Self Soothing 101

 Self Soothing 101 - "It felt like a parenting win when my baby soothed herself to sleep!"

Self Soothing 101 - "It felt like a parenting win when my baby soothed herself to sleep!"

The first time I felt like I had succeeded as a parent was when my child learned to settle herself to sleep. This was never the easiest win, but I remember the joy of knowing that she could calm herself to sleep at 6:30 pm or 7 pm and I had a few hours until she would wake up for a feed. As a mom with a husband who travelled a lot this allowed me a few hours to myself (to eat and shower).

Self-soothing is your child's ability to settle themselves without the need for external help. External help includes anything from feeding, bouncing, a parental intervention, breast, bottle, or movement. Breaking these habits may be hard but long term you will see the rewards.

Teaching self-soothing will help your child be able to settle themselves when they wake up alone in the dark at night. They will look around, but with no light or nothing happening they will go back to sleep on their own.

Teaching your child to self-soothe will benefit you and your baby. This can be tricky as you become more mindful of your parenting style. Are you nursing your baby to sleep, does your little one sleep on you all the time, or do you have to be wearing or pushing your child for them to settle?

Teaching self-soothing can be done gently, and you can work at your own pace but here are some tips.

1) Create a Safe sleep environment. You can find more information on Safe Sleep 101

2) Start a peaceful sleep routine. The goal of this is to create cues that when you start this your child realises what is happening and sleep will come more easily. This begins with a soothing bedtime routine that you can repeat before any sleep event. It can be hard to find the right mix, but you will learn what works for your family. I always like turning the lights down, give a simple but relaxing bath, pyjamas and diaper change, feed followed by a book and song. The reason to move the last feeding earlier in the bedtime routine loosens the association between eating and sleep. I like more of an Eat, Play, Sleep routine.

For naps, you can quickly do a diaper change, book and story. Making your routine repeatable allows you to lengthen and shorten as needed. These will become your child's sleep cues.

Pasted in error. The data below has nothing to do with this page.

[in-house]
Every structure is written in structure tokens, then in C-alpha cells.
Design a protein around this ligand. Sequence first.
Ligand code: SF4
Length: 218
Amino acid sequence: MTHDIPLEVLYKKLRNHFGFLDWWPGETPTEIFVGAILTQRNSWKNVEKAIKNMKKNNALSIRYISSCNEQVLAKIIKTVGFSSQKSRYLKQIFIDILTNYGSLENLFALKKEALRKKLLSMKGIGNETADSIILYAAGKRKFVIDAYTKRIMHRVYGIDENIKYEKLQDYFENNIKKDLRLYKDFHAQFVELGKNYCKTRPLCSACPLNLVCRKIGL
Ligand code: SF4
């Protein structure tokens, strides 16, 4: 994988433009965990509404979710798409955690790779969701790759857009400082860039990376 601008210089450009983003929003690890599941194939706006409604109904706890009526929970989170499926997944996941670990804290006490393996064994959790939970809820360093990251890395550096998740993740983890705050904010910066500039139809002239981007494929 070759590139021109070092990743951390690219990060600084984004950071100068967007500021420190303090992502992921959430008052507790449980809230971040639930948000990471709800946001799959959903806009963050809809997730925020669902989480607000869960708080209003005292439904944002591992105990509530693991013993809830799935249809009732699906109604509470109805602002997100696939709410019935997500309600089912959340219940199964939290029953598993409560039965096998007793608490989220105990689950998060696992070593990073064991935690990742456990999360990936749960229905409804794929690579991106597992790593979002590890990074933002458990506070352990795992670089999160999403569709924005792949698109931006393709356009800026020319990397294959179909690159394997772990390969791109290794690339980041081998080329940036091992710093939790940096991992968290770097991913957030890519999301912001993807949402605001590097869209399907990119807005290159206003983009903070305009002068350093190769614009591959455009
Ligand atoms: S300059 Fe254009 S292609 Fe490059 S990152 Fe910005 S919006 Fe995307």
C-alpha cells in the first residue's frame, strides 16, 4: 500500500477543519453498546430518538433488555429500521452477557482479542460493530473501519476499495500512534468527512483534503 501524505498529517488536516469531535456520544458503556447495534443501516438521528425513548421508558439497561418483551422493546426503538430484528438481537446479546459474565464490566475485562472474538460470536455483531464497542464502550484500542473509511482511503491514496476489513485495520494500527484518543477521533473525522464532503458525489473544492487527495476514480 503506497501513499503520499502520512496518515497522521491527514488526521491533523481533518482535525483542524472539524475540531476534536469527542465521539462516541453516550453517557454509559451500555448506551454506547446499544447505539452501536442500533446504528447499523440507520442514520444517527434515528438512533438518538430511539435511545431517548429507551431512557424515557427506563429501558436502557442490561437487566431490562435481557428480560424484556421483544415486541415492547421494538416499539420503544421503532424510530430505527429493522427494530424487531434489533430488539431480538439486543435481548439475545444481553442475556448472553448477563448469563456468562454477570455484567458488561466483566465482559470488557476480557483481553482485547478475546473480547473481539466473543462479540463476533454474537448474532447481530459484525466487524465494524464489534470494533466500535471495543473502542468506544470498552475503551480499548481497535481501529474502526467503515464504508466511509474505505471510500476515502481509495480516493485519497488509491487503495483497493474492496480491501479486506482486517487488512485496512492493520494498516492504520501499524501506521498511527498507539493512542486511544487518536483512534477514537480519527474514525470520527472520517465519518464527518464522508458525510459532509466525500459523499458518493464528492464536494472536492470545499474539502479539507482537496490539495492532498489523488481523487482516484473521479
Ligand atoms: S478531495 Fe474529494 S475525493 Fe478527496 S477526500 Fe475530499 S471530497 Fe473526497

Try something such as:

  • Feeding

  • Bath*

  • PJ’s *

  • Diaper change

  • Book

  • Bed

  • (*) these can be skipped at nap time and when your child is extra tired

3) Put your child to bed awake. I  thought this was a crazy idea when I was a first-time mom. I started to place my daughter in her bassinet with only a crib sheet. (see my safe sleep blog post).

4) Use touch and your voice to comfort your child the before you pick them up. Tap or rub their tummy or stroke your child's cheek. My daughter would fight a little but calmed down following some light tummy rubs. I then slowly reduced to just a light hand on her tummy and then just sat by her crib. She started to settle herself.

5) Don’t rush to your child when you hear the first peep. Remember babies can be loud sleepers. Waiting for a moment before getting out of bed might help. At night we jump with every sound but babies are loud and actually might not need anything but a moment to stretch and get comfortable. If you can wait a minute, you might find that your child will settle quickly.

6) By 4 months (Adjusted) you will start to be able to understand your babies sounds recognising the difference between scared, distressed, hungry, or needing a change… the kicker is sometimes babies just want to fuss. In these cases, it’s essential you have a  safe place for your baby where you can leave her/him if you can’t handle the crying. Don’t let your child cry for more than a minute before the age of 4 months (Adjusted). As you are teaching self-soothing and your child gets older, you will be able to lengthen this time, but under 4-5 months, please try to limit how long you let them fuss.

Here are my final comments on the subject of self-soothing.

Find times in a day when your child is able to spend time alone during the day so they can entertain themselves. I would also suggest starting working on Tummy time - your child will start to move at some point over the coming months. This new skill will also interrupt sleep.  Babies like to practice these new skills alone at night in their cribs. Tummy time will help create independence long term.

If you need help, please feel free to reach out. I’m always happy to help… establishing good sleep routines is hard with a newborn but having a plan and support makes it easier to manage. Please message me at alison@cheekysleeper.com, and we can set up your free 15-minute call.

Happy Sleep

Alisonxx